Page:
• If you are electrically sensitive avoid metal frames as explained above, they may pick up electric fields from your bedroom / house.
  • A slatted base is a must and will help with air flow under your mattress and other bedding which will reduce the chance of damp, mould and dust mites.

 

What we Chose – Before moving onto the last section, I wanted to mention where we ended up.  We purchased a Natural latex mattress from an amazing Australian family-owned company. This decision was largely made based on my allergies. The companies’ mattresses come in layers and you can design the number of layers and the firmness based on your own needs.  We got three layers with two medium and one hard, and it is easily the most comfortable mattress I’ve ever had.  The mattress layers are held together in an organic cotton cover (see pictures below).  We also decided to get some latex pillows as part of a bundle deal, they had.

We purchased a timber slat frame from the same company made from certified sustainable Australian hardwood that came from new growth forests.

I also should note we waited approximately eight weeks for our bed base and mattress, which I believe is fairly common with companies such as this as they are small and making each bed to order.

  1. What’s realistic for you right now? do you actually need a new bed? and what else can you do to help your sleep?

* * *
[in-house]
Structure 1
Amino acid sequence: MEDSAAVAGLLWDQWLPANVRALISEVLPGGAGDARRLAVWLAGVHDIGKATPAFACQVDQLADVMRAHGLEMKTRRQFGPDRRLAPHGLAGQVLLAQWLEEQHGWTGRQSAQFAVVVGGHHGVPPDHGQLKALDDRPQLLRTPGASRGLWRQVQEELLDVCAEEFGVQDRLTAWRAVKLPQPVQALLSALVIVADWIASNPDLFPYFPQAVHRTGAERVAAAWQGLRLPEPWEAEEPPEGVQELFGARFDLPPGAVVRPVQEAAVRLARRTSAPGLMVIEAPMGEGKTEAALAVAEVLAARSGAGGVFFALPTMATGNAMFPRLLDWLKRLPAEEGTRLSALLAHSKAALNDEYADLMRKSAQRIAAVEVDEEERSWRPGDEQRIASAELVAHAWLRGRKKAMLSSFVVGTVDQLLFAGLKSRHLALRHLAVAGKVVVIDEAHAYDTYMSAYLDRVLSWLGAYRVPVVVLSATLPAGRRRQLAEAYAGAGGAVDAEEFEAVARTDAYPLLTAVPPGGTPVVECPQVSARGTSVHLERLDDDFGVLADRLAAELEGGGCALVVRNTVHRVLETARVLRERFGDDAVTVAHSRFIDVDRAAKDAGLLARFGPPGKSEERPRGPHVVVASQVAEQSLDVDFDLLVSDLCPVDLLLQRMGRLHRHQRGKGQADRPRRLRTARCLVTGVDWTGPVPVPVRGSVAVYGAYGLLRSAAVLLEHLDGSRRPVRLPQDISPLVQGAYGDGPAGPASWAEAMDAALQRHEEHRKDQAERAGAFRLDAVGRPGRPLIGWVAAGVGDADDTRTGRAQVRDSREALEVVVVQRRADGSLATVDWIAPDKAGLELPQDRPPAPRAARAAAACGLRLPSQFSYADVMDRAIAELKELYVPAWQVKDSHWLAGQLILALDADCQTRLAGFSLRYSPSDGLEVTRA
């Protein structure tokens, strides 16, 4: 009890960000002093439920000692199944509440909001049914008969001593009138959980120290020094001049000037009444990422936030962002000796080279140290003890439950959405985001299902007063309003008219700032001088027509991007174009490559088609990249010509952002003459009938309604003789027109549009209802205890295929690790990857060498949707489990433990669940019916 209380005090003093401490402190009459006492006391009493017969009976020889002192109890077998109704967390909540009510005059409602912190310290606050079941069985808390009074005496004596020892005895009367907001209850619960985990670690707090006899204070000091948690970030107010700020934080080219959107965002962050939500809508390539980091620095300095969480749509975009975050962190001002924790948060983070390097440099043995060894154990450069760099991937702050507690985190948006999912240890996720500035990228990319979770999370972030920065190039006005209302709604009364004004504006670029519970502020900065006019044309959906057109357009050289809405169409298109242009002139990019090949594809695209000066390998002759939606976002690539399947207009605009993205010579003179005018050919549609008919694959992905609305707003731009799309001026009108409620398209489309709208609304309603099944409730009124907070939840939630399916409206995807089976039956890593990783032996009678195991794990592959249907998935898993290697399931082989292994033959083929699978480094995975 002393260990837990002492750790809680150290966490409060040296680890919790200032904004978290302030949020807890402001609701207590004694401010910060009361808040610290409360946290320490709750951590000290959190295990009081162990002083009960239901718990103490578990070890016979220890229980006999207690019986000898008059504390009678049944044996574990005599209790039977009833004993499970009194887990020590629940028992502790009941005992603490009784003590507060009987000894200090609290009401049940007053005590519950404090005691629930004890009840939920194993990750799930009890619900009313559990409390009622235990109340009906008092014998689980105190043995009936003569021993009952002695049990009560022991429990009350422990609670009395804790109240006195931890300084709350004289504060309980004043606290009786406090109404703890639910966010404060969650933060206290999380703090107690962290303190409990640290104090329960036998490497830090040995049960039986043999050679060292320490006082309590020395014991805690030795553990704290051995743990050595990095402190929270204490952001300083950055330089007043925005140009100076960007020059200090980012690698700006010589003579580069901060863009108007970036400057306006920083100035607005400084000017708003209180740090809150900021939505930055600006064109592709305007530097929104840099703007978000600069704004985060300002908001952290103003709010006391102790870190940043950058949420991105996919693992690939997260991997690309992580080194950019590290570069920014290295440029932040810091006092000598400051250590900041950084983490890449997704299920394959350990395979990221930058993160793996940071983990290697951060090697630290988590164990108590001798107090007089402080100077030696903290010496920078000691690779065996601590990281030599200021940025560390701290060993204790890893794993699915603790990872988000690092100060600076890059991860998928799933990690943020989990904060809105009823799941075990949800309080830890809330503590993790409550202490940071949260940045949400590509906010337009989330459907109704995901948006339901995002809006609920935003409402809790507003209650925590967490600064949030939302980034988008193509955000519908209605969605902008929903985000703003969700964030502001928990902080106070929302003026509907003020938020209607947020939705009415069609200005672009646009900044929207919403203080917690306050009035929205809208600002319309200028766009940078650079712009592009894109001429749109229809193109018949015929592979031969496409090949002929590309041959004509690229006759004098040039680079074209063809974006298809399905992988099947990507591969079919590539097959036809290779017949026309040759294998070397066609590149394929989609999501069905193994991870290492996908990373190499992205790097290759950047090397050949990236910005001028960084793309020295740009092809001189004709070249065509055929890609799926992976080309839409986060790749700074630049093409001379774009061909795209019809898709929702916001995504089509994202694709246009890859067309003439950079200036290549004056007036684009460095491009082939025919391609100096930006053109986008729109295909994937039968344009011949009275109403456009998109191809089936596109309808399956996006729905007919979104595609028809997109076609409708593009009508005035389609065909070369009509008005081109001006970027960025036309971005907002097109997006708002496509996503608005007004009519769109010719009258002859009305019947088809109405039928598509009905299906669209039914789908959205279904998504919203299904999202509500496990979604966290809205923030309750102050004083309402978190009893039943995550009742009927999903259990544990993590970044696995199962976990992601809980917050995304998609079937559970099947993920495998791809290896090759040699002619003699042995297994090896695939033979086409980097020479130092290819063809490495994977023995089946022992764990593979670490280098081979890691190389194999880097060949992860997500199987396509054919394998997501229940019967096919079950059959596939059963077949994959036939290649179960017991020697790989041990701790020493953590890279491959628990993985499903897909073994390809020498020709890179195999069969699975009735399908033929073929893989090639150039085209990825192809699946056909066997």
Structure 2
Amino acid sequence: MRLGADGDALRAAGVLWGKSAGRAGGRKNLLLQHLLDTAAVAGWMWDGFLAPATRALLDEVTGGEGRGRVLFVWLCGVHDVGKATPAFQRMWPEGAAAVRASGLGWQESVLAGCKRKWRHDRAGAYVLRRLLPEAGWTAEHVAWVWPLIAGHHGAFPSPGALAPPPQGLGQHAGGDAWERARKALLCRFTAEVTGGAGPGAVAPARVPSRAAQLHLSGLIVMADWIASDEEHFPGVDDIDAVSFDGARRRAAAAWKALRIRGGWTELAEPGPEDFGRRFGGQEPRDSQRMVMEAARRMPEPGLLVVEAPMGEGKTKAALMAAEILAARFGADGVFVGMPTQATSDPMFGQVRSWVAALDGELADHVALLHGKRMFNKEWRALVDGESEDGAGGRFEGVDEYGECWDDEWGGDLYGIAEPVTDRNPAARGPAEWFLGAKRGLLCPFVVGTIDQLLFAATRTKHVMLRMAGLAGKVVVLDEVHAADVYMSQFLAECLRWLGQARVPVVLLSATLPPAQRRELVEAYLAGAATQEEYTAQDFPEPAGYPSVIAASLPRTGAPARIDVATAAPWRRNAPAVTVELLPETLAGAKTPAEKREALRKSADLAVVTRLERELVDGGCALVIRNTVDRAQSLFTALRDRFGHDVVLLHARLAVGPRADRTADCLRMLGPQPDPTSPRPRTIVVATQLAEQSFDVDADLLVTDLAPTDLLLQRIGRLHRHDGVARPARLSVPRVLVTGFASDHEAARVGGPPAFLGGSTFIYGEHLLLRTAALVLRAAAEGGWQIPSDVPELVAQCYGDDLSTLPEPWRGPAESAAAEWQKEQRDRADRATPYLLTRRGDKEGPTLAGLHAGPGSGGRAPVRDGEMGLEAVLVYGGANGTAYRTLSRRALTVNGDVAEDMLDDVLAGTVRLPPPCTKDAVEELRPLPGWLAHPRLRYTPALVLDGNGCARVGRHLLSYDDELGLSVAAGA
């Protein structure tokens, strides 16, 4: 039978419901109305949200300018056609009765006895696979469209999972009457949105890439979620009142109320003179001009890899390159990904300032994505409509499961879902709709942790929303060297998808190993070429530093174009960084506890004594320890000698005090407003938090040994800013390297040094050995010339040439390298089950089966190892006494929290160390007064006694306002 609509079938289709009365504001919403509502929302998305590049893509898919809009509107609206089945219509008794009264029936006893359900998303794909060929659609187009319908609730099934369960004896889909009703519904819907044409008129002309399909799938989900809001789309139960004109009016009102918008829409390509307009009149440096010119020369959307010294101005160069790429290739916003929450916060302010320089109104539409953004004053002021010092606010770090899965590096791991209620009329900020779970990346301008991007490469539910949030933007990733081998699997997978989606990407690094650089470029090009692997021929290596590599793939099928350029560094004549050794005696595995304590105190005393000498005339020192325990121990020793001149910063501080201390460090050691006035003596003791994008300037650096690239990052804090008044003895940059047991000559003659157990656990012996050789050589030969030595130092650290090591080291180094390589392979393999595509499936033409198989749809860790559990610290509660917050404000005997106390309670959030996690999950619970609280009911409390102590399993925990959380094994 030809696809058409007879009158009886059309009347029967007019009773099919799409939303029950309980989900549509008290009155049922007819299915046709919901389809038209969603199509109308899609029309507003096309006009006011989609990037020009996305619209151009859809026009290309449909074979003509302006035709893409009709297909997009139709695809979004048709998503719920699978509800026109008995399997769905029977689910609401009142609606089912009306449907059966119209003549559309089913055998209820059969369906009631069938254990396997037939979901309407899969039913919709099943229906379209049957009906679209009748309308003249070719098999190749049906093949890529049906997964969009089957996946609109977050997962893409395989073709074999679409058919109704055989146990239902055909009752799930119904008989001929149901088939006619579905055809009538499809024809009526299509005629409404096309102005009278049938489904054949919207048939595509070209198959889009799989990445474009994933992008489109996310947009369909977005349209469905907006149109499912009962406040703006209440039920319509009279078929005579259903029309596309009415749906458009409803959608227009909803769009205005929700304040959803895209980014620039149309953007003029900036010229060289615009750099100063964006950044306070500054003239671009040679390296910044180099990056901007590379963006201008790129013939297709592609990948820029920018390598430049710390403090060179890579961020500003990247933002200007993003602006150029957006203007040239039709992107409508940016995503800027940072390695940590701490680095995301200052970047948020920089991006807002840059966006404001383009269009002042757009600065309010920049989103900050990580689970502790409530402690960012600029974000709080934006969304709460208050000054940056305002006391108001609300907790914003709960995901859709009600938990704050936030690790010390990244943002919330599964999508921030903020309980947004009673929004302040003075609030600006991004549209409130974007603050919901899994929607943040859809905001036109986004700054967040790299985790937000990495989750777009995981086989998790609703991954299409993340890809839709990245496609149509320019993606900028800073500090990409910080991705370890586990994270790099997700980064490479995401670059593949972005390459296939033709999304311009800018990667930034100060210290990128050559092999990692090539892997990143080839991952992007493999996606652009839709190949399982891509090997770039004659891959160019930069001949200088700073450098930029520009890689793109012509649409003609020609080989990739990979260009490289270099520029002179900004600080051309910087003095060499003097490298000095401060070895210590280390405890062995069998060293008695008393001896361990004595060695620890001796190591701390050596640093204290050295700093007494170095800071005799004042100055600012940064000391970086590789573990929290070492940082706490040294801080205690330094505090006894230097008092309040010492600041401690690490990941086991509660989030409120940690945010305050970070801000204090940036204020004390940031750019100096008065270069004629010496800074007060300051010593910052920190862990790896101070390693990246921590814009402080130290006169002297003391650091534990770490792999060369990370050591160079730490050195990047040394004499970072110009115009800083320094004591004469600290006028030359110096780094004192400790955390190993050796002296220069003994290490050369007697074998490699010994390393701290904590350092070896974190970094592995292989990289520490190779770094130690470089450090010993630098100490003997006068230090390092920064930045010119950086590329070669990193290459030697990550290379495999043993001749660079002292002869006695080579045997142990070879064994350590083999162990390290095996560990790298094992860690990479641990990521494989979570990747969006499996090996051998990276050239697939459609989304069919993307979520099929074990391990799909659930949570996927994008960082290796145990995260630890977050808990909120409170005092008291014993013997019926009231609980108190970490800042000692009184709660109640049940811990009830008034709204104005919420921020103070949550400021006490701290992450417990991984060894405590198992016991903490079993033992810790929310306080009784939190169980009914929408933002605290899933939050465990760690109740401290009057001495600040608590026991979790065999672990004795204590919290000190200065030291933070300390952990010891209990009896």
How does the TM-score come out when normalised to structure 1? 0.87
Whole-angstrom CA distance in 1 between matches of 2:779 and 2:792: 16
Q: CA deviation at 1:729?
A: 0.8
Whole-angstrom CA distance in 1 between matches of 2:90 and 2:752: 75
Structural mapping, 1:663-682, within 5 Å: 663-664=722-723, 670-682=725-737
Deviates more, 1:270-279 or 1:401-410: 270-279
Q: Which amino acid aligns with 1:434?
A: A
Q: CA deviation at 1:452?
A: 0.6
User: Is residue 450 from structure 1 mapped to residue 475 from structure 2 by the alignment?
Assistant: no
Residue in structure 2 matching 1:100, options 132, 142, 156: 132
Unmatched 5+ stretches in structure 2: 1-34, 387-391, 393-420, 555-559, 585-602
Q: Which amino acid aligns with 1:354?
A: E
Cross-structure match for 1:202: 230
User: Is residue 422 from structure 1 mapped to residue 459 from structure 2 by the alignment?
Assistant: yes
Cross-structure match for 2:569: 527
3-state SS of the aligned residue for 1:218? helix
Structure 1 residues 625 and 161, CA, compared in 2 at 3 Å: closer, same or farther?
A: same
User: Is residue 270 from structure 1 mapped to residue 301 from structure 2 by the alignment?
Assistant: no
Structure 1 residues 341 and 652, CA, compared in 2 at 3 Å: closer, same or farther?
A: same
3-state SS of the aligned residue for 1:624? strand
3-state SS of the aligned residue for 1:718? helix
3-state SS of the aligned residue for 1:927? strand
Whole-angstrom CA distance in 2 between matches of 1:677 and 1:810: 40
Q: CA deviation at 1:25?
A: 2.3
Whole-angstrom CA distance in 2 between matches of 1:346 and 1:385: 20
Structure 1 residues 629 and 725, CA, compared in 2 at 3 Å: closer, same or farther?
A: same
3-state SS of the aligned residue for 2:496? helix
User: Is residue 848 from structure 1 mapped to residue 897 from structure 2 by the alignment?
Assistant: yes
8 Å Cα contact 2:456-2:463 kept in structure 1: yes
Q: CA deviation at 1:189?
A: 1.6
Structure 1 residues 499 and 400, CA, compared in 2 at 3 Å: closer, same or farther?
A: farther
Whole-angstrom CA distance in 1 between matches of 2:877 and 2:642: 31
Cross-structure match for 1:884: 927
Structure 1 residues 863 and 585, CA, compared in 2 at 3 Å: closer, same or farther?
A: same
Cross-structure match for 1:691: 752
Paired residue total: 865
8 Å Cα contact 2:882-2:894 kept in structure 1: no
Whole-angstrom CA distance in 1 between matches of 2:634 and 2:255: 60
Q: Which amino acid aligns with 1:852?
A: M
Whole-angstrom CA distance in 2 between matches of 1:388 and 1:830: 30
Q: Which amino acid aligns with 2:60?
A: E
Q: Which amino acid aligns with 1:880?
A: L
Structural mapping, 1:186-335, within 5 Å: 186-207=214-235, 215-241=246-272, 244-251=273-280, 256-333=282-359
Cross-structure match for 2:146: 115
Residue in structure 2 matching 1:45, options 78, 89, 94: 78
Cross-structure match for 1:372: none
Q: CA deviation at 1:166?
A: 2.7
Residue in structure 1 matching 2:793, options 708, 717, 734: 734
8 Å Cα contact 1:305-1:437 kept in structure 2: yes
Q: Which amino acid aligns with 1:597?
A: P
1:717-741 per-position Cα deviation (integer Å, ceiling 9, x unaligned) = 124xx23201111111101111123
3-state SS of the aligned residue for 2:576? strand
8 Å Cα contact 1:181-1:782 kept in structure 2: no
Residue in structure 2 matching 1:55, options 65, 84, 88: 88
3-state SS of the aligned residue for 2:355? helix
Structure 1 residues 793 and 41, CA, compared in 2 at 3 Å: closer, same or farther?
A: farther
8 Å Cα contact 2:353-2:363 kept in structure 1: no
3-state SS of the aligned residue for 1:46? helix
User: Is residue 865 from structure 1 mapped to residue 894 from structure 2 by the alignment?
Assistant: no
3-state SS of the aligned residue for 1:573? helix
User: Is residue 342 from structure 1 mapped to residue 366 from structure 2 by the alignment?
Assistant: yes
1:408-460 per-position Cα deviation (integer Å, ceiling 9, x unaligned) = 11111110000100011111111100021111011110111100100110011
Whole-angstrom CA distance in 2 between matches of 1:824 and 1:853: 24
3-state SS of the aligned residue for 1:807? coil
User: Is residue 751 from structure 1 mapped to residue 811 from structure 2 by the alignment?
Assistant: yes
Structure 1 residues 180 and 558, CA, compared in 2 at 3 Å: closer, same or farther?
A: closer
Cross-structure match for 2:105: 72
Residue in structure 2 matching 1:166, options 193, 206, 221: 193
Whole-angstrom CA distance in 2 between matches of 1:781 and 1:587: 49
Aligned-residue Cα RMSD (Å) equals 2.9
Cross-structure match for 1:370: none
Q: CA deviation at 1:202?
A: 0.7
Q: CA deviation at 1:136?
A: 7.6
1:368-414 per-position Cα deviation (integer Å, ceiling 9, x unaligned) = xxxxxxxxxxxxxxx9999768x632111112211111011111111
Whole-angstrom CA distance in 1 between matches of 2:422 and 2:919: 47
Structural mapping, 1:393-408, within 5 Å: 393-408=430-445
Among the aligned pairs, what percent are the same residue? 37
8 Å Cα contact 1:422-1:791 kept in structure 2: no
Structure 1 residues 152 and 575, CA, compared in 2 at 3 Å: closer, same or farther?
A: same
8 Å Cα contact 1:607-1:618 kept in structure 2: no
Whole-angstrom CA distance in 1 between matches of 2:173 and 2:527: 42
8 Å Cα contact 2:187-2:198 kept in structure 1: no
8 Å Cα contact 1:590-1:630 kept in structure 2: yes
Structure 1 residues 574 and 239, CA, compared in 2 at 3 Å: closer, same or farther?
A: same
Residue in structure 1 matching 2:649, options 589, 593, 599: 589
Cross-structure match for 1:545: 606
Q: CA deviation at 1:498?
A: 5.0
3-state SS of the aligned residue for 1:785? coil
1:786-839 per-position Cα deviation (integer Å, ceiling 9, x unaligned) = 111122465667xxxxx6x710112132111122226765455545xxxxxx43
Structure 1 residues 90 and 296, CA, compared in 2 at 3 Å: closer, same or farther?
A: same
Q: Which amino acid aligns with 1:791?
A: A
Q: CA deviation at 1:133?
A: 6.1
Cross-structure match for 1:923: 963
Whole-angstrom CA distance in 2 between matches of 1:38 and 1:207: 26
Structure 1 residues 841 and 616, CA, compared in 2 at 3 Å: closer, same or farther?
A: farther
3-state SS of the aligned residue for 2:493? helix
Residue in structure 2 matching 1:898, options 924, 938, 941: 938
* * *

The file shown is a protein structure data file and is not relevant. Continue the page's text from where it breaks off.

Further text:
As already mentioned, buying a healthy mattress and base can be an expensive process, and if you’re not in a position to jump into this, there’s a lot you can do in the meantime to improve your current bed:

  • Look at getting some dust mite resistant covers for your mattress and bedding – use the above guidelines for healthy materials.
  • Start with replacing your pillows (see below for guidelines).
  • Look around for some timber bed or futon frames that are on sale or even second hand (but ensure the wood is in good condition and not treated).
  • Consider a healthy bed topper such as natural latex or organic wool, and if you do this follow all the previous recommendations when making your choice and it may also need to have a cover over it.
  • Air mattress out in the sun a couple of times a year, with the exception of latex which shouldn’t be exposed to direct sunlight.

There are also a many other things you can adjust in your bedroom to create a healthy sleep environment and improve your sleep:

  • Keep dust and dust mites to a minimum, as dust mites are a major cause of sensitivities, allergies and even asthma. Dust mites thrive when there is dust or mould (food) and in warm, soft and moist environments such as mattresses, pillows, cushions, doona’s, carpet, soft toys. 
    • The best remedy is to keep dust to a minimum by cleaning with microfiber cloths and a HEPA filter vacuum